With so many territories now making same-sex marriage legal, I’d like to think the times-they-are-a-changin’. And I guess they are, but you’ll have a hard time convincing me that we’ll ever get beyond these first baby steps in my lifetime.
I’m originally from a small town. We had two openly gay men living there at the time (I wasn’t one of them—I was too young and so in-the-closet it would have taken The Jaws of Life to get me out), and the public ridicule and physical threat they underwent was terrifying to say the least. I commend these two men for sticking to their principles, but can only imagine how difficult it must have been (I’m not sure where they are today, and I now live in a big city where being gay is virtually a non-issue.)
Flash-forward to the same small town, present day. My young nephew has formally declared he’s spent his entire life as a woman living in a man’s body. I’m so proud of him for having the courage to be honest with both himself, his family, and friends. He’s now about to start hormone treatments and trade-in the Kodiaks for heels.
But he still lives in that same small town. And word is spreading fast. Apart from his immediate circle, he’s since faced teasing, back-stabbing, and threats. There’s little doubt he’ll eventually leave his family and friends to move to the city for good. It’s awesome that, in the city, he’ll find a strong and supportive community for himself, but it’s heartbreaking that he has to leave everyone he loves in order to be who he needs to be.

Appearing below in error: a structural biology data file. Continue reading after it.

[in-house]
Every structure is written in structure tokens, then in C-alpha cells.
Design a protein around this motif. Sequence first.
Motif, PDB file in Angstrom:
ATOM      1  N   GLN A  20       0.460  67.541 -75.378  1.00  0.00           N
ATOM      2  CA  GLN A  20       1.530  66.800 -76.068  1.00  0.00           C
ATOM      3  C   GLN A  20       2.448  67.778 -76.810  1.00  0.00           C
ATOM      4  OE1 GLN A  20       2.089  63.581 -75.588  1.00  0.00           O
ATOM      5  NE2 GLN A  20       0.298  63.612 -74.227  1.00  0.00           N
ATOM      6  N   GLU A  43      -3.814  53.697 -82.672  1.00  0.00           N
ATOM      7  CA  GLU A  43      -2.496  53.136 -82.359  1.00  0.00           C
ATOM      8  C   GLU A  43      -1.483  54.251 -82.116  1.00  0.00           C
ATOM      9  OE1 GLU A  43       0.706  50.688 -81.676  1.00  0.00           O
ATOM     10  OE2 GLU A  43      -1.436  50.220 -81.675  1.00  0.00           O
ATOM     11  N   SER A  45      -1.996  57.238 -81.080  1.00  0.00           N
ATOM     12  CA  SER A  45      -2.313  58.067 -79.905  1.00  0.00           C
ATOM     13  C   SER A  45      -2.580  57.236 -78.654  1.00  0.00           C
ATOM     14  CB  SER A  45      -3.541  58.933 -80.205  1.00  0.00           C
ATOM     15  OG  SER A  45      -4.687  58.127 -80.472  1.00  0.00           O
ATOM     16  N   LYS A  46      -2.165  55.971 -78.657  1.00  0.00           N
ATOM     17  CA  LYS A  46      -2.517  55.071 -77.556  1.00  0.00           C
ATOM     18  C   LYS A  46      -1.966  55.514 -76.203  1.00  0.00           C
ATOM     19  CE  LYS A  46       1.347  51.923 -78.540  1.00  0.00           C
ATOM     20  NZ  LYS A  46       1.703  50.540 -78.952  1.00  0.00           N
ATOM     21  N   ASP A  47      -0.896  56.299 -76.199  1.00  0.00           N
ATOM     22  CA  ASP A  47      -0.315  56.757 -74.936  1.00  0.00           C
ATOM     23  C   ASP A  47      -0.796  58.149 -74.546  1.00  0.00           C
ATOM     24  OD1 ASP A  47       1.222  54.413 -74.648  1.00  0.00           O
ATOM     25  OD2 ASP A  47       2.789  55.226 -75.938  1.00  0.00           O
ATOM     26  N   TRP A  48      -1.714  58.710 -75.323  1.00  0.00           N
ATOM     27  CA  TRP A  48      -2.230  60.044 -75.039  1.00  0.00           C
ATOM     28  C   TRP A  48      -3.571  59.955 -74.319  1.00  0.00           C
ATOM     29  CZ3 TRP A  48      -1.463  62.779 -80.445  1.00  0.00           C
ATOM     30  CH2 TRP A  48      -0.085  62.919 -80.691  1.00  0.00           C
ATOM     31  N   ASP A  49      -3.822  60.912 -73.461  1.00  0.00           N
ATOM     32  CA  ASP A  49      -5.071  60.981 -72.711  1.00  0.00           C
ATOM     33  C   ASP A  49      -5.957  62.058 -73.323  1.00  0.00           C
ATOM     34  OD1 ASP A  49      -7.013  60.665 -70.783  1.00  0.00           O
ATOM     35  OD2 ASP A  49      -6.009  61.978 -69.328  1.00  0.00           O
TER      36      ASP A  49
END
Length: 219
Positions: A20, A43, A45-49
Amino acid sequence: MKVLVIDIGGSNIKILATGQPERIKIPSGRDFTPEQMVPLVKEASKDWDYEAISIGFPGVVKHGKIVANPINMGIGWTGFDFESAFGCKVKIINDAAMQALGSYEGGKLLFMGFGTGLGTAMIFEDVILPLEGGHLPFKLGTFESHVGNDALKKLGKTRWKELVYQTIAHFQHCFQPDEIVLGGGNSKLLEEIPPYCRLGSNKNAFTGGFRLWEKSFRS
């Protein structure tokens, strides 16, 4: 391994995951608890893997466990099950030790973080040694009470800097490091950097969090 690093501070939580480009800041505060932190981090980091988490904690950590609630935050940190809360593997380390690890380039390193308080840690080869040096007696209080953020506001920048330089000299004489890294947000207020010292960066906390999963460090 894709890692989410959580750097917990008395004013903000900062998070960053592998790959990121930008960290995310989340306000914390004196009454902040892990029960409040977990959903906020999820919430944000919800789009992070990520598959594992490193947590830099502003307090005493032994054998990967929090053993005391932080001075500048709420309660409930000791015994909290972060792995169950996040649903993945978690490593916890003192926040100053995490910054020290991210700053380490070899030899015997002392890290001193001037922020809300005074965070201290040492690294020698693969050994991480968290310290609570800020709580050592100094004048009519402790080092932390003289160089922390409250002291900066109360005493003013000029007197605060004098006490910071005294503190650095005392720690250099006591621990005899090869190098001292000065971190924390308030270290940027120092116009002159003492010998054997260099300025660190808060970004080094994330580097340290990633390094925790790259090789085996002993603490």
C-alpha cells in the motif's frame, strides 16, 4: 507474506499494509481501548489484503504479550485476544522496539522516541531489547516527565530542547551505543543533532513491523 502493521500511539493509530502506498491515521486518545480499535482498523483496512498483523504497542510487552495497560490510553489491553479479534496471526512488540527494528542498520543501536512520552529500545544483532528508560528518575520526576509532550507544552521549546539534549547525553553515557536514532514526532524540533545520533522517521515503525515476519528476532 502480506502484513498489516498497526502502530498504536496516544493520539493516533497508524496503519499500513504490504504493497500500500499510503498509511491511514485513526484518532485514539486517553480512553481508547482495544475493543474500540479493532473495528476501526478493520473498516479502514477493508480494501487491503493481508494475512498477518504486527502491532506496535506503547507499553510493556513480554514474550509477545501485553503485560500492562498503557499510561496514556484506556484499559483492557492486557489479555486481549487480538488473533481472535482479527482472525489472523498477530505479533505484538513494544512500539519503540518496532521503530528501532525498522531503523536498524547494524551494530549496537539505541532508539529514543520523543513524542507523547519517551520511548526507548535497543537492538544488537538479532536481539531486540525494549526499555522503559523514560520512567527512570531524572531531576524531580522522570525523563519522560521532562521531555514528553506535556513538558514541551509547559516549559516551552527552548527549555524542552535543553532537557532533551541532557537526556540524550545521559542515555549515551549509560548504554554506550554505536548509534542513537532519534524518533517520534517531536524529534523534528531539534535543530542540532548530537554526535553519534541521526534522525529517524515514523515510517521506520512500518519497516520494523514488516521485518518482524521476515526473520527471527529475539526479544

I can’t vouch for every small town or community, but somehow I find it hard to believe that my hometown is an exception. We can scream for tolerance and understanding, but they still don’t hear us out in the boonies.
I’d like to encourage LGBTs to proudly be themselves no matter where they live. But I can’t bring myself to do it. Reality tells me otherwise. We’re still targets, and despite some new (and, yes, wonderful!) gay marriage laws, the risks of coming out of the closet in a small town are great.
And we should NEVER have to live in the closet. Which, until further notice, usually, and sadly, leaves us with no choice but to pack our bags and catch the next train to Toleranceville.
And how sad that makes me.